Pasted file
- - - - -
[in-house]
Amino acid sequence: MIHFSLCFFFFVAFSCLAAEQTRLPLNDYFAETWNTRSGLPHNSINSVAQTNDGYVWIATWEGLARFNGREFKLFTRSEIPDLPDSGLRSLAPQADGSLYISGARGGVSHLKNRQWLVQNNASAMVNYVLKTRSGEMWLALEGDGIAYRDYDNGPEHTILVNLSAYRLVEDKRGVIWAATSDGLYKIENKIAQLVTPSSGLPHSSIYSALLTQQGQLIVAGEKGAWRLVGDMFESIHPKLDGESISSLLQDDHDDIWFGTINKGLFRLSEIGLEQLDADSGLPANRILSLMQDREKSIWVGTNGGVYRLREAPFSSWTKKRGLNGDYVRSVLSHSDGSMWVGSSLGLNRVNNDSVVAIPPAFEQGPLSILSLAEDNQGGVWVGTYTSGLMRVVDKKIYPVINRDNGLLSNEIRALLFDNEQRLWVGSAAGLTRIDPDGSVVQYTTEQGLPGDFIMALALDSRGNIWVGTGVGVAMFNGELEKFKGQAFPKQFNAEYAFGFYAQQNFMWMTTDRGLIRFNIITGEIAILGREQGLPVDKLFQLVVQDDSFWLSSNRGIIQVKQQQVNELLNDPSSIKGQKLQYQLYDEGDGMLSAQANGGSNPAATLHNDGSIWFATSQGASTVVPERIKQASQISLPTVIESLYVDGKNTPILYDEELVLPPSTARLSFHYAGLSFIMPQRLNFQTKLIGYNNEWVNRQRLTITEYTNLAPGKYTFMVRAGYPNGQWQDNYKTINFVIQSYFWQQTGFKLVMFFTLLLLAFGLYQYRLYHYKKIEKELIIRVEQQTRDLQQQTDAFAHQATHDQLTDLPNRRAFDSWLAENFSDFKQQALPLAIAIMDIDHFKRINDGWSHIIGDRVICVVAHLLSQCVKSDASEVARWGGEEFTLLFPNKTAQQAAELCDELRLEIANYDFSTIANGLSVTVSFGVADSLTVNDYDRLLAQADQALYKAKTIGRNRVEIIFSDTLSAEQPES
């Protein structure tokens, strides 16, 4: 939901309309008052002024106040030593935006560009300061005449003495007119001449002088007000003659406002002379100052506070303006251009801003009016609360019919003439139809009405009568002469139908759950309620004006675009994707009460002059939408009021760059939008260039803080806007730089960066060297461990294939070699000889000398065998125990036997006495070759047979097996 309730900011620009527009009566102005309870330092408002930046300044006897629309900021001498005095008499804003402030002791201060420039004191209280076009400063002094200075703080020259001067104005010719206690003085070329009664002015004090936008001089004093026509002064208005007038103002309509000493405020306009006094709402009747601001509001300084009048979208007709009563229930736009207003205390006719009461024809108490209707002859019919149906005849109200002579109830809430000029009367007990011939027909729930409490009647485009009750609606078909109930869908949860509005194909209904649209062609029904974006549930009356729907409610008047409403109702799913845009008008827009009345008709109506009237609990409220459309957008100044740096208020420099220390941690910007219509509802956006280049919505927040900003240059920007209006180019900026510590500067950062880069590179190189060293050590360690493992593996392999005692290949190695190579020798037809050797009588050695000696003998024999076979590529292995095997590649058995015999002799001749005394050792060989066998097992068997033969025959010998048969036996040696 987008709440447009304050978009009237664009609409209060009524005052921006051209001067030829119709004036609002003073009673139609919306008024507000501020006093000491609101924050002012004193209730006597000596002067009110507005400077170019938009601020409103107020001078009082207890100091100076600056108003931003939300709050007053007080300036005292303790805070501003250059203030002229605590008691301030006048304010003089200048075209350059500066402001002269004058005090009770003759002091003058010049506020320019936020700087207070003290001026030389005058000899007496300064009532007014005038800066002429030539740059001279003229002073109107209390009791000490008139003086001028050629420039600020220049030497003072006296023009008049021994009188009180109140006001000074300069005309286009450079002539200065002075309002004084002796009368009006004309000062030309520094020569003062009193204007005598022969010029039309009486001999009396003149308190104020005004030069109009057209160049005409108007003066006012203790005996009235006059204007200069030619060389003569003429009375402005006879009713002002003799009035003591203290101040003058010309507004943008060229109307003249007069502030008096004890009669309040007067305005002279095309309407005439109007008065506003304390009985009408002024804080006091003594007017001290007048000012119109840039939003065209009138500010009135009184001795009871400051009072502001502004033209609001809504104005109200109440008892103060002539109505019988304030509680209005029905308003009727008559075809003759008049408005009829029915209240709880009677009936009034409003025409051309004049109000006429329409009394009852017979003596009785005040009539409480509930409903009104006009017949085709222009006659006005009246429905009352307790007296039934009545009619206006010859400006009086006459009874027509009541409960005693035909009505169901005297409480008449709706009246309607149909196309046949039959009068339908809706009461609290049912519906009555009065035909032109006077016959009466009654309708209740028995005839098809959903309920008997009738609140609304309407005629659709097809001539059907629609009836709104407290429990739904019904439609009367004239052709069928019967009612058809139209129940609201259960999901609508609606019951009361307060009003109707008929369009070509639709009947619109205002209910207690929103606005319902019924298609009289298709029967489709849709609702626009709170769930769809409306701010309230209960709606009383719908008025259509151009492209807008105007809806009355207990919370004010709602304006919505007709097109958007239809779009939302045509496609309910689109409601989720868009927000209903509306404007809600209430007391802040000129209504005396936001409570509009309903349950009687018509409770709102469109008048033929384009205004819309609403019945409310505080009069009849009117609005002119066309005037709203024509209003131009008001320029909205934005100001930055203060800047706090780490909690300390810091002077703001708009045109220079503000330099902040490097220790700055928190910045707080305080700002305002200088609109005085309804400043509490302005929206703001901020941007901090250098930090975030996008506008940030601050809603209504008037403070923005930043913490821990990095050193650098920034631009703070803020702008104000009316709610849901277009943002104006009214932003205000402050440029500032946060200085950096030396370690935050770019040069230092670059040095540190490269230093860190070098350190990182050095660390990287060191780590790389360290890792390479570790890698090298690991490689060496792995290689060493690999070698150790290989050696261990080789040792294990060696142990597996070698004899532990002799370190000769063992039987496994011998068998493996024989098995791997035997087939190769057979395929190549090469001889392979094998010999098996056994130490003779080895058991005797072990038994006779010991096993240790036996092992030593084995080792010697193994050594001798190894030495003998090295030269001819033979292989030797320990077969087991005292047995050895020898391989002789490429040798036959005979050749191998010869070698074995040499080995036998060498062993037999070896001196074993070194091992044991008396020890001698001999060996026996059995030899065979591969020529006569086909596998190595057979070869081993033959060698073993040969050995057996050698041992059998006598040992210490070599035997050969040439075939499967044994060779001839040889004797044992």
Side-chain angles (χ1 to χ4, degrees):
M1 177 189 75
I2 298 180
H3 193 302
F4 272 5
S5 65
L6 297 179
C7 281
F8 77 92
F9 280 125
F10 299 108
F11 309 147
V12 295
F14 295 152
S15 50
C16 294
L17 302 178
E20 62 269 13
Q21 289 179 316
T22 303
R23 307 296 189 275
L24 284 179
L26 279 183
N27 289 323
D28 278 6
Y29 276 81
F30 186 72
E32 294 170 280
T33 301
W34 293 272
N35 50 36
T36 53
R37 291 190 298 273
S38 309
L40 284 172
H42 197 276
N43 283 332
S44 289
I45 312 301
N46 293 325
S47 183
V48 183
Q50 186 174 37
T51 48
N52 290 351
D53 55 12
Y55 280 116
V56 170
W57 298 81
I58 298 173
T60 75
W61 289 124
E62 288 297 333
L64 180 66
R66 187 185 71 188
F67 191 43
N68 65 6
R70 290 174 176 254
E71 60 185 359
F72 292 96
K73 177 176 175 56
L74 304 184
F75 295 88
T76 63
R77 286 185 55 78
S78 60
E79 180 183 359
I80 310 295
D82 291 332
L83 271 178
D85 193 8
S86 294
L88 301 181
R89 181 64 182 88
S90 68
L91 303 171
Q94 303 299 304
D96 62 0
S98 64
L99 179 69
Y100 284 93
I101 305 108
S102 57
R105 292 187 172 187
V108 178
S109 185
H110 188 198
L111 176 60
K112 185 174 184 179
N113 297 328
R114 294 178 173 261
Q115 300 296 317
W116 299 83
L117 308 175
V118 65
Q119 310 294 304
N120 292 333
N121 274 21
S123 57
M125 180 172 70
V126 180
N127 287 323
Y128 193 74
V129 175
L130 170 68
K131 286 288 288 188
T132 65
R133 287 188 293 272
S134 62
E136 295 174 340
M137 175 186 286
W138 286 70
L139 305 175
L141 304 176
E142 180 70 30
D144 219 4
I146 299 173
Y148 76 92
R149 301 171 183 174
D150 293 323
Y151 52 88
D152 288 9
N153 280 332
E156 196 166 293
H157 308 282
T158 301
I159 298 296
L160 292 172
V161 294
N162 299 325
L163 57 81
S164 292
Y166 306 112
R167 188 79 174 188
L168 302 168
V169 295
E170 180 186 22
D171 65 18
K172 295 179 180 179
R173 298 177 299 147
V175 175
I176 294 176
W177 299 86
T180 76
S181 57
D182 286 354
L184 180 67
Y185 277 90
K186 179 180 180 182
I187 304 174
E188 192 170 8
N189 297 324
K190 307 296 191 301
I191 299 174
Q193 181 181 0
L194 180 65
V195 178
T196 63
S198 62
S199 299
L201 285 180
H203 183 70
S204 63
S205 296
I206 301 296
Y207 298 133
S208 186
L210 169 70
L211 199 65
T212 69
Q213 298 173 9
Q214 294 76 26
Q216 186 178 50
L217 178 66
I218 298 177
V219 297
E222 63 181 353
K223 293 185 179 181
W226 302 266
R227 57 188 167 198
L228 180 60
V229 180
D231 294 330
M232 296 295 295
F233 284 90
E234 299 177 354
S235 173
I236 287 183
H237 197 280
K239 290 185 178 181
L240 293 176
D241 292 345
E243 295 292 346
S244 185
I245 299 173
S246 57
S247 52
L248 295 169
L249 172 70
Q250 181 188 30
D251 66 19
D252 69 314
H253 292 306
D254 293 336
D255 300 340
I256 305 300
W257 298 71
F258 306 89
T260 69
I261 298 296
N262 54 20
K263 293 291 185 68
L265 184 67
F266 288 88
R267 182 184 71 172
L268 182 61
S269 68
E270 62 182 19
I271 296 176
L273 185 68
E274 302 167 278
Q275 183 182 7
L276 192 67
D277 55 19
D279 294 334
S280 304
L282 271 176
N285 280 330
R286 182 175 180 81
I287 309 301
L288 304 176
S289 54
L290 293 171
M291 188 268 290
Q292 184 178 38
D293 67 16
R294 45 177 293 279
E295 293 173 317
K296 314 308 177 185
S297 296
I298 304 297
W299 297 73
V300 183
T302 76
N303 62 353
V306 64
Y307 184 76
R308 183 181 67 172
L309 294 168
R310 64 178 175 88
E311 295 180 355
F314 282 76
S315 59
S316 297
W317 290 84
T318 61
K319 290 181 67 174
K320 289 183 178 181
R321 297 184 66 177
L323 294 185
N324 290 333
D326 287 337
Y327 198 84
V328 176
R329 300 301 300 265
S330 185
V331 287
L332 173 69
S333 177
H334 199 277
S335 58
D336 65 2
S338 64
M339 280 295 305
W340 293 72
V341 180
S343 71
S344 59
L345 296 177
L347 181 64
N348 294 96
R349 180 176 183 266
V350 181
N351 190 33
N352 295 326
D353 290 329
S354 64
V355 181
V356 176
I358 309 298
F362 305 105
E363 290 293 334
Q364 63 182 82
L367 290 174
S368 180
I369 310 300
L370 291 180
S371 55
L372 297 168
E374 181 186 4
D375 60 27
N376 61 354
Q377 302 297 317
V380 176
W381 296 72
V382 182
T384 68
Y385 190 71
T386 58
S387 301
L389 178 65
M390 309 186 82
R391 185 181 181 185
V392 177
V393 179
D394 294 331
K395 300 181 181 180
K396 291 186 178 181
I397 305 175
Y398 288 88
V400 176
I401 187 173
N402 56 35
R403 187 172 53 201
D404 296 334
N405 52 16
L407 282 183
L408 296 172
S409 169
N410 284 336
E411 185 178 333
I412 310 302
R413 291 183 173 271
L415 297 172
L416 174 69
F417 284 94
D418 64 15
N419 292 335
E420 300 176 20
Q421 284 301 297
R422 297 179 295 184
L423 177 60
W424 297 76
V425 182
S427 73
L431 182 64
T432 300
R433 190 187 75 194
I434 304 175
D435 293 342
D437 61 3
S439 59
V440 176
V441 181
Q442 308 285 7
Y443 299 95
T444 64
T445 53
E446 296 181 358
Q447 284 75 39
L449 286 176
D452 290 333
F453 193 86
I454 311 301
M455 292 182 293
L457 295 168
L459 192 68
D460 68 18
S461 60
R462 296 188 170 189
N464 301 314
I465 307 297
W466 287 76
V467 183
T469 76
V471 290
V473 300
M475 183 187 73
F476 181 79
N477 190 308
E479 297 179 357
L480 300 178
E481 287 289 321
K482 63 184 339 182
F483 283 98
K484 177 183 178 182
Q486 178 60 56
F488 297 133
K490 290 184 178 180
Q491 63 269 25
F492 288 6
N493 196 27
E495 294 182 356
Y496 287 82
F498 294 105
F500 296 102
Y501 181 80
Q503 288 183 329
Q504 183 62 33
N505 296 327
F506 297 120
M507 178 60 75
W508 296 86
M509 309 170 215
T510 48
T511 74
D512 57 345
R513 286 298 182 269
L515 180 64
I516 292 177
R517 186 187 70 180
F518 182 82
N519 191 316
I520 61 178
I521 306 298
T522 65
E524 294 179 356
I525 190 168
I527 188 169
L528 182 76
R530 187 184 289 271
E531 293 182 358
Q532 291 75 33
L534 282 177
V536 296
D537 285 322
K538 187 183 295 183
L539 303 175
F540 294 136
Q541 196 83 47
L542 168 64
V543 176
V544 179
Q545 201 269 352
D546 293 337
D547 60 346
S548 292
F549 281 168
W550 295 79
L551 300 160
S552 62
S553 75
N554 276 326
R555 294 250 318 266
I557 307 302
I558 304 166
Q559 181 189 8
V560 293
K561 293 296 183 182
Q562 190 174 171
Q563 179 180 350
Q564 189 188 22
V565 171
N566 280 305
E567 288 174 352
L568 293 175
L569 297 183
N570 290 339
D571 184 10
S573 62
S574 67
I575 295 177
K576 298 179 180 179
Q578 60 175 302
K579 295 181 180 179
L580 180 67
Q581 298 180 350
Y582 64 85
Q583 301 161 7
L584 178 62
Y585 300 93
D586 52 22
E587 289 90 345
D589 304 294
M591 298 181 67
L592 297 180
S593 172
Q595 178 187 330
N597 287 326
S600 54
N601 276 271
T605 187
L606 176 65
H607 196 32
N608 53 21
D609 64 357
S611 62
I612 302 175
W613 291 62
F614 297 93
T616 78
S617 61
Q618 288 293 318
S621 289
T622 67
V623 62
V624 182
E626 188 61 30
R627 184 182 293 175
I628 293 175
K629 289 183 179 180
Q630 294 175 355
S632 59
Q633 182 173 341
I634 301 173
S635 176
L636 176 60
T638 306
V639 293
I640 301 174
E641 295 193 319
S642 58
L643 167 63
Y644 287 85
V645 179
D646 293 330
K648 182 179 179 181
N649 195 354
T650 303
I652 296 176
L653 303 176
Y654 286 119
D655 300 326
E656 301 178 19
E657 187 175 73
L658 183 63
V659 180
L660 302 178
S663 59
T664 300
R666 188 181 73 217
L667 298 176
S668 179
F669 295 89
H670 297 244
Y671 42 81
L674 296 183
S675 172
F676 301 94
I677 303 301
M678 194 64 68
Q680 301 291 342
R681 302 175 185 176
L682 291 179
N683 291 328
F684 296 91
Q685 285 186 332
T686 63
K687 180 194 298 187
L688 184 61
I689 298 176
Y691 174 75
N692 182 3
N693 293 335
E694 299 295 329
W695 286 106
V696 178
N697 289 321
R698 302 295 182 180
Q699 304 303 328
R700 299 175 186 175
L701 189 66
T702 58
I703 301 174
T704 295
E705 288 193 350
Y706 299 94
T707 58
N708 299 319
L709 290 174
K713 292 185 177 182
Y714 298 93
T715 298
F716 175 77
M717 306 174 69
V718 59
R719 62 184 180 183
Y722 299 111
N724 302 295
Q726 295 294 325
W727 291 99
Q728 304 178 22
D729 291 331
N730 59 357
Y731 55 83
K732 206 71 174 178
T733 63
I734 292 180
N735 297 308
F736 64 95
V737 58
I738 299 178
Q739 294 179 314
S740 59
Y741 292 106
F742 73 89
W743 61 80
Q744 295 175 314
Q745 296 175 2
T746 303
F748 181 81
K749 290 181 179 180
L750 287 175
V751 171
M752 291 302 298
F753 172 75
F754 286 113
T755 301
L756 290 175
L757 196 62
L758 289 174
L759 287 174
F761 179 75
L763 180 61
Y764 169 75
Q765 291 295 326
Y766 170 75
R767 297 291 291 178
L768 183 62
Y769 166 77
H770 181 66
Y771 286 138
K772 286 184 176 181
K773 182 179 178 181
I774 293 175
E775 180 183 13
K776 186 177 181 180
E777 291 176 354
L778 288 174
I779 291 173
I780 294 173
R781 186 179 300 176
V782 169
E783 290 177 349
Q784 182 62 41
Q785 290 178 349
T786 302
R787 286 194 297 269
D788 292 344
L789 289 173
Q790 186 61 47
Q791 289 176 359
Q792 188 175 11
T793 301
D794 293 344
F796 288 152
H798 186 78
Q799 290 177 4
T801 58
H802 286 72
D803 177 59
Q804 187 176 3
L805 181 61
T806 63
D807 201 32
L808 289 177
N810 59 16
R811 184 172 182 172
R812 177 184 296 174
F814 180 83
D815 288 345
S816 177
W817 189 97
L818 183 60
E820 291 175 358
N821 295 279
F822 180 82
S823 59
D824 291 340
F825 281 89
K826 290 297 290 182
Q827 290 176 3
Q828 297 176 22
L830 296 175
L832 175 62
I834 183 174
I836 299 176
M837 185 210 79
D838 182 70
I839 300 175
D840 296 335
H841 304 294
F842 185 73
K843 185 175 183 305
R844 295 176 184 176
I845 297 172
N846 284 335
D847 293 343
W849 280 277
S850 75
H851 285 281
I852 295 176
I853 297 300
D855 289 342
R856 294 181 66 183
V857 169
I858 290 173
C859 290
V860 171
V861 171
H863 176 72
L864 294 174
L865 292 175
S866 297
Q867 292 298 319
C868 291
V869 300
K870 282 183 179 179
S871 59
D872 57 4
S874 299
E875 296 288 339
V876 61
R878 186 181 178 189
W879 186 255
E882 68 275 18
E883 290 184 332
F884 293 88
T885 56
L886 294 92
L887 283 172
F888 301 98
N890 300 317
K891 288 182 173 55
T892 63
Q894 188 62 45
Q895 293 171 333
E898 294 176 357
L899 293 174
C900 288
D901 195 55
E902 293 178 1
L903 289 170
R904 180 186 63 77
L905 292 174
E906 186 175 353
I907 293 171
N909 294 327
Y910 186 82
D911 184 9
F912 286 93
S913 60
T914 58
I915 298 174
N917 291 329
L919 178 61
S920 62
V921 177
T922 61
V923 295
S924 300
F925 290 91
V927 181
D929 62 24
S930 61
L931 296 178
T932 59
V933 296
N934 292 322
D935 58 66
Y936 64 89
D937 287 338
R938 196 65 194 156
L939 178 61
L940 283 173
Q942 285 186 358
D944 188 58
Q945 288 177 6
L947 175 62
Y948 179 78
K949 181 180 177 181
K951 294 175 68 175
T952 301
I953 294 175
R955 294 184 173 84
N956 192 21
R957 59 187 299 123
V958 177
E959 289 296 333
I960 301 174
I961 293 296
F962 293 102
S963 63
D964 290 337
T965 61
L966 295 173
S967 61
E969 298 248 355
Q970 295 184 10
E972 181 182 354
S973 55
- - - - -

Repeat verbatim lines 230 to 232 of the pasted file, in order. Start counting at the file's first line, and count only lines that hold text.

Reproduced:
L282 271 176
N285 280 330
R286 182 175 180 81